Buying a business
Buying a business in the Lake District is a dream for many, but it is also a huge decision and fraught with risk, so it’s essential that you plan the process professionally. Read on for some pointers and tips....
The first step is to make sure you know what you want out of a business, what type of business you’re interested in, what owning the business will involve, and how much you’re prepared to invest to try and achieve your objectives. This sounds straightforward, but needs careful thought. If you don’t know where you’re going you’ll probably never get there.
Once you’re sure about the course you want to navigate you are ready to search the market and investigate the opportunities available, within the parameters you’ve set. There are various ways of doing this – eg, by using business sale agents, approaching businesses that aren’t on the market directly, or by making enquiries using professional firms such as accountants.
When you've found an opportunity that you think is worth pursuing and have approached the vendors they will probably ask you to sign a non -disclosure agreement before they will provide you with a full sales memorandum.
That sales memorandum should:
- describe the business operations in more detail and outline its trading history.
- explain what is for sale (eg, shares or assets, the whole or part of a business)
- contain financial information, such as accounts and forecasts
- provide further details on matter such as employees, premises, contracts, licences etc
This is where you can begin to get some real insight into what is on offer.
If you’re still interested in the business once you’ve reviewed the sales memorandum carefully, and you haven’t already appointed professional advisers (accountants & solicitors), now is definitely the time to do so.
It is a false economy to proceed on your own and try to negotiate something which is potentially full of hidden bear traps, especially if you haven't done this before. You need proper professional advice.
On the basis of the information to hand, your advisers’ experience, and a little preliminary ‘due diligence’ (fact checking the vendor’s representations – in particular, the legal and accounting aspects) it may be possible to formulate an initial offer.
This should outline:
- how much you are prepared to pay
- payment terms (eg, there may be staged payments, or an element contingent on post completion performance)
- any further information required
- conditions (eg, an exclusivity period where the business is taken off the market to give you time to complete)
The initial offer should be 'subject to contract' but is always better in writing because the quicker both buyer and vendor get round to documenting their respective intentions the less chance there is of wasting time, money and effort due to misunderstandings.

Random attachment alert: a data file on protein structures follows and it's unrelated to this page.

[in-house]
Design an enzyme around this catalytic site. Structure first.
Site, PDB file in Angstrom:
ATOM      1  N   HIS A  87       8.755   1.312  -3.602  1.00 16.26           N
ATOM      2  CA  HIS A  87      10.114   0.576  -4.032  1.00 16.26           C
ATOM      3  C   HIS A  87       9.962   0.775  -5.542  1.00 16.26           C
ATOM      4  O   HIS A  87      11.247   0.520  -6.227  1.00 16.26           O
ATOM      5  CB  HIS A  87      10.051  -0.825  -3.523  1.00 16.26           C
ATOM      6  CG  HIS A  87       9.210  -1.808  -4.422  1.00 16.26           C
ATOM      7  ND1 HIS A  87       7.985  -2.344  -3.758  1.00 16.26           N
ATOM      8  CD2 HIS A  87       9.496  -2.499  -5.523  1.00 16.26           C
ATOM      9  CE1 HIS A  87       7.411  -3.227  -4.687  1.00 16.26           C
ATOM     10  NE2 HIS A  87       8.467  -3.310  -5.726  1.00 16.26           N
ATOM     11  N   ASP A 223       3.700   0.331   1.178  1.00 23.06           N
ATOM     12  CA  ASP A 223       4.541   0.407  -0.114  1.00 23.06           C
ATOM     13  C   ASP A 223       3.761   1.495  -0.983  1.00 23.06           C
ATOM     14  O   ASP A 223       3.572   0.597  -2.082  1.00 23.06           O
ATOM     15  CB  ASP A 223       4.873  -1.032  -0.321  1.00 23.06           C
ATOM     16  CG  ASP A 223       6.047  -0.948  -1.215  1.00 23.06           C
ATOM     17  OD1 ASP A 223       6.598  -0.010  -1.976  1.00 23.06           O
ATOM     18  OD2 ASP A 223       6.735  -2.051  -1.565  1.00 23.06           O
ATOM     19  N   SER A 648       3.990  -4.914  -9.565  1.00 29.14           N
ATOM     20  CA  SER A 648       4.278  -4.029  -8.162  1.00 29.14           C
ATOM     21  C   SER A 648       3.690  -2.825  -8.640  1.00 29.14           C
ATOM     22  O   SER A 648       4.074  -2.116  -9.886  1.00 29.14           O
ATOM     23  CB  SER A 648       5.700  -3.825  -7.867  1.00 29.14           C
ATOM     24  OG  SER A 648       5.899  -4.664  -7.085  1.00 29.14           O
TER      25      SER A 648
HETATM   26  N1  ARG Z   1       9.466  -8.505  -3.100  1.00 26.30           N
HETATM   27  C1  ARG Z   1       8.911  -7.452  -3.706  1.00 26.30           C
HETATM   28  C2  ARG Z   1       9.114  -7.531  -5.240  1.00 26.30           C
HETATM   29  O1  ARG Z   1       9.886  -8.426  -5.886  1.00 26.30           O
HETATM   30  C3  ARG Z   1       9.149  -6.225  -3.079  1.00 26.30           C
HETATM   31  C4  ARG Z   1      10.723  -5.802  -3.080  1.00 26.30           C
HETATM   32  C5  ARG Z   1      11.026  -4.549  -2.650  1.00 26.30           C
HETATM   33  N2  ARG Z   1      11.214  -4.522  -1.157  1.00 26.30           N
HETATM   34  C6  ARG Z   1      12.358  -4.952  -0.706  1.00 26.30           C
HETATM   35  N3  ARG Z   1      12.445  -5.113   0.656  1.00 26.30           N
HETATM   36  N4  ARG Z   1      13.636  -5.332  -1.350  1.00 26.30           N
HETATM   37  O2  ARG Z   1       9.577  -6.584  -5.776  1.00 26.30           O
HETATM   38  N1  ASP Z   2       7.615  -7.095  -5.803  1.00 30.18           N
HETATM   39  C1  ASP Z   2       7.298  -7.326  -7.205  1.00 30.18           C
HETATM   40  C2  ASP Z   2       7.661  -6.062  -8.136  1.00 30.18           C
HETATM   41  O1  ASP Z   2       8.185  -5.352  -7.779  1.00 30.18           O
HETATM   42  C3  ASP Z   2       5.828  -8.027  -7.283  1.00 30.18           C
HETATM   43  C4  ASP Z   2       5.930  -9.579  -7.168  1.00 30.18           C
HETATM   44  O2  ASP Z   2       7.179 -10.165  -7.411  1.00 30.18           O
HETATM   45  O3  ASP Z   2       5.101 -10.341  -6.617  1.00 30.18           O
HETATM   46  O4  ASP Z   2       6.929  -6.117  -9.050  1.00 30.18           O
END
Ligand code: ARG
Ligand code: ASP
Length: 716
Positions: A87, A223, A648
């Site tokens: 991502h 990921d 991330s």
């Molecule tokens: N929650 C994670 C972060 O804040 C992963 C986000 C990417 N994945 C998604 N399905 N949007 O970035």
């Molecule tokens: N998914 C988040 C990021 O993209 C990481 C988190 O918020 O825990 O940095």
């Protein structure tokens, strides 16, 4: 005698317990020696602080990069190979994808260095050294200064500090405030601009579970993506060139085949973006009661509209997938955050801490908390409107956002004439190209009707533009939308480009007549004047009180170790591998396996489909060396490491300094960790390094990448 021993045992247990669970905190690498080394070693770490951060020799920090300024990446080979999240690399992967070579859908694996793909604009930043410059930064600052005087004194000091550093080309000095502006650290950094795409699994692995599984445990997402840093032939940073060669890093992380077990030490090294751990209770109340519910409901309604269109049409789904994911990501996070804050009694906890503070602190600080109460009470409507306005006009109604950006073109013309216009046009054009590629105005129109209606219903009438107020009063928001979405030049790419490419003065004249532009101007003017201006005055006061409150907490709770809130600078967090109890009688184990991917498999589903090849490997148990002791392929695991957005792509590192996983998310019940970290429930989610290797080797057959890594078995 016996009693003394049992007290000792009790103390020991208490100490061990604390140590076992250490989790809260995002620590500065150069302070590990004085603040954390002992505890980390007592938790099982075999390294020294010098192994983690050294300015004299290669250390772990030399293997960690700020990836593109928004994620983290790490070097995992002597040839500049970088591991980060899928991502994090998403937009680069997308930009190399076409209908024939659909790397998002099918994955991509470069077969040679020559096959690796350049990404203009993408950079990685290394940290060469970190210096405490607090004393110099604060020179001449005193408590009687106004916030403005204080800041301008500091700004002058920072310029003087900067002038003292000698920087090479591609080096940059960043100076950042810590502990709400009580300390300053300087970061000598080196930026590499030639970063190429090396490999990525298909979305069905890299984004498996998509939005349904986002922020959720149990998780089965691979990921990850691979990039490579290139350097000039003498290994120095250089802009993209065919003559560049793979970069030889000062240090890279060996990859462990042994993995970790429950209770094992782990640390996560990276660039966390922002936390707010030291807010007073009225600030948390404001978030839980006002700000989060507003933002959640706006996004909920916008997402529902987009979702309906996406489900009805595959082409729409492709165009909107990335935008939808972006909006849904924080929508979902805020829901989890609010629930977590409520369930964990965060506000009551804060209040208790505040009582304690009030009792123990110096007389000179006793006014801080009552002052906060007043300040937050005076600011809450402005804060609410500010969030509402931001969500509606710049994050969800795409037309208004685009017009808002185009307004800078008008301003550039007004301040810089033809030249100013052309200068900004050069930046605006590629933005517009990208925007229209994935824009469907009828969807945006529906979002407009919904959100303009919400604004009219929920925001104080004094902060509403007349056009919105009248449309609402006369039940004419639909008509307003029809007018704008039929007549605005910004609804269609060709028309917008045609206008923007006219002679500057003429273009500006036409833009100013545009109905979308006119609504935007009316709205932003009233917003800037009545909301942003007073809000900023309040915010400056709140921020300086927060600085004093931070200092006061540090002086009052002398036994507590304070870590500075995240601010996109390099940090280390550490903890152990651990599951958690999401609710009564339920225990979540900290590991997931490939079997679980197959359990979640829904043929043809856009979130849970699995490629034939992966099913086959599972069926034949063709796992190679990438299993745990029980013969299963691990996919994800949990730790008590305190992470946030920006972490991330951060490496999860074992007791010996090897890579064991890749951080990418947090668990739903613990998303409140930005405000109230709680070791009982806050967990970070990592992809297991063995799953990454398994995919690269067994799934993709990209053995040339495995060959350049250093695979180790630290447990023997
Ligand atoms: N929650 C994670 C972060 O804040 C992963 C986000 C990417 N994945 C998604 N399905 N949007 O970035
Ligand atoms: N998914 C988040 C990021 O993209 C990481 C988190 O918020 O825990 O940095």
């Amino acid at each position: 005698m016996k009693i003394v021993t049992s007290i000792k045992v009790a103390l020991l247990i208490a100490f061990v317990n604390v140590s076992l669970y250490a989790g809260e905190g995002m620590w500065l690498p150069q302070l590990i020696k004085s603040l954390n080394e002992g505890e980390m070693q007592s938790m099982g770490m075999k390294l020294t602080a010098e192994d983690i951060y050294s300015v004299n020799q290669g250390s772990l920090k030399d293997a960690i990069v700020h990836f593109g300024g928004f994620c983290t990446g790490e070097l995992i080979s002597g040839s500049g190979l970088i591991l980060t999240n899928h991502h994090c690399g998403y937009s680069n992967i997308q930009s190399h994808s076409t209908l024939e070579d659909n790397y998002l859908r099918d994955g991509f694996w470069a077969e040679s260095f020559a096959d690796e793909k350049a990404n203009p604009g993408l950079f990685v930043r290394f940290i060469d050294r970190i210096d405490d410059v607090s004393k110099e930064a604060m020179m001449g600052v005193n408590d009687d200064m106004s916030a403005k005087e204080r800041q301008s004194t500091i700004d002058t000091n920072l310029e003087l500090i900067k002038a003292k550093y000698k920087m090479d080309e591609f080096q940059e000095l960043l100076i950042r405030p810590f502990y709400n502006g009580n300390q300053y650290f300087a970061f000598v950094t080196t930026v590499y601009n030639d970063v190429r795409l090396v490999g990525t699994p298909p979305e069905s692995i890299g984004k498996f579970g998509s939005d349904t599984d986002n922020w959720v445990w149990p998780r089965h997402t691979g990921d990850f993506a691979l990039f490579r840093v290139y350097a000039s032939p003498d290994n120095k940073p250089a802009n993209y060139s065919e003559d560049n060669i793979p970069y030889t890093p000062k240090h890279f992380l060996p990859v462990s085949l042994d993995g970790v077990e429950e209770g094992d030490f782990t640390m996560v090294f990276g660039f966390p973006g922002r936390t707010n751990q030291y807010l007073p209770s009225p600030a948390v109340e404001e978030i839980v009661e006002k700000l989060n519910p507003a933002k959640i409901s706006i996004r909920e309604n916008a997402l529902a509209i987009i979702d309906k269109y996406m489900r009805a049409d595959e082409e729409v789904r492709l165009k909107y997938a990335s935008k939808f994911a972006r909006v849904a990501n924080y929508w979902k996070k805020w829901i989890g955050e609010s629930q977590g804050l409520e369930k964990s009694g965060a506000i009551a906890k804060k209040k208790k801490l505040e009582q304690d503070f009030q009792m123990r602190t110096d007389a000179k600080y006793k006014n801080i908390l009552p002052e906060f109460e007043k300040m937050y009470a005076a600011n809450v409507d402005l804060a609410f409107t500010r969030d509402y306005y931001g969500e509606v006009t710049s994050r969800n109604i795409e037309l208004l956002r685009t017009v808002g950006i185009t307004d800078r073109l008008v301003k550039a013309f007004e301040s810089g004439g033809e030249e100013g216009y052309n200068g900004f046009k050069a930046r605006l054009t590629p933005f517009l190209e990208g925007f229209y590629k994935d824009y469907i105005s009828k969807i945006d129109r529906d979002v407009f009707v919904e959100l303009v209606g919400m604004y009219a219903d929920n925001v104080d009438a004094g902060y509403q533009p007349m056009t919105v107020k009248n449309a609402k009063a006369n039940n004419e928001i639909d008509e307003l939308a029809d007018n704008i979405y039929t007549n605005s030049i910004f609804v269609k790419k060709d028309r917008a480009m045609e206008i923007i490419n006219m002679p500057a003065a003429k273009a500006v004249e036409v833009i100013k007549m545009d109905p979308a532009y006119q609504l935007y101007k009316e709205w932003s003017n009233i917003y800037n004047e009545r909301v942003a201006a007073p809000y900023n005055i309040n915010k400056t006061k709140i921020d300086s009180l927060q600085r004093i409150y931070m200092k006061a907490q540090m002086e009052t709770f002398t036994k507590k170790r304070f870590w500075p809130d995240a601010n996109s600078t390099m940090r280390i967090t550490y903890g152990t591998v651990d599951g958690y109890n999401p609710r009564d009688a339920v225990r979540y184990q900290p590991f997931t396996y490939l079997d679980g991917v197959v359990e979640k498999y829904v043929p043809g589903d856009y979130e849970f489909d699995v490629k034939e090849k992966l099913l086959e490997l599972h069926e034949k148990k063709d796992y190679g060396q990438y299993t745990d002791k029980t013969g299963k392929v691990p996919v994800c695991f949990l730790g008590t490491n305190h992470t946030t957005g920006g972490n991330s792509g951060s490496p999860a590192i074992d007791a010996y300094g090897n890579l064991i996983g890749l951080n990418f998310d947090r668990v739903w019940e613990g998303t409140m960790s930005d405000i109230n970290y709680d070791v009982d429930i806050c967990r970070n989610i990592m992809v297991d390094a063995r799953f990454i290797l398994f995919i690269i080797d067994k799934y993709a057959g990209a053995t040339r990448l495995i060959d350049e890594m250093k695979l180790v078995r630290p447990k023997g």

When the initial offer has been agreed in principle you can move to documenting your intentions in more detail, by drafting ‘Heads of Terms’ (HoT), which will form the basis of the final Sales Purchase Agreement (SPA).
Whilst the HoT can contain some legally binding elements - such as the vendor’s ‘disclosure letter’, the agreed exclusivity period, agreements to pay the other parties costs to date if the agreement aborts because of (say) broken commitments – you will nevertheless not be obliged to purchase the business unless and until you sign the final Sale Purchase Agreement (SPA).
This stage in the process often proves crucial because by now you are getting down to the detail of the deal (and the detail is always difficult!). Differences will be highlighted, but if they can’t be resolved you can at least pull out before most of the professional costs are incurred.
NB. Depending on the complexity of the deal, it may actually be possible to move straight to HoT and use those to frame the initial offer. Anything you can do to get to completion quicker will mean less time spent and lower costs, but you must be careful to weigh any cost savings against increased risk.
When Heads of Terms have been agreed you've cleared a major hurdle and can now instruct you advisers as follows:
a) To carry out detailed due diligence
Your accountant will usually handle the financial, tax, and commercial aspects of due diligence.
Your solicitor will check and advise on legal issues such as title.
NB. This process can be limited for some smaller value deals (and therefore cost significantly less), if you are prepared to rely heavily on vendor disclosures, warranties and indemnities.
b) To draft and finalise the SPA and any related documentation (eg, leases)
Most of this – eg, the SPA itself, warranties and indemnities, non-compete agreements, transfer of employees - will be dealt with by your solicitor
Other areas, such as finance, company secretarial work (minutes, share transfer etc) may be dealt with by both the accountant and solicitor.
If these final 2 stages don’t reveal a show stopper, you may finally be ready to sign on the dotted line, so good luck!
For further advice on either buying or selling a business please contact David Sutton by phone on 015394 32540 or by emailing email@example.com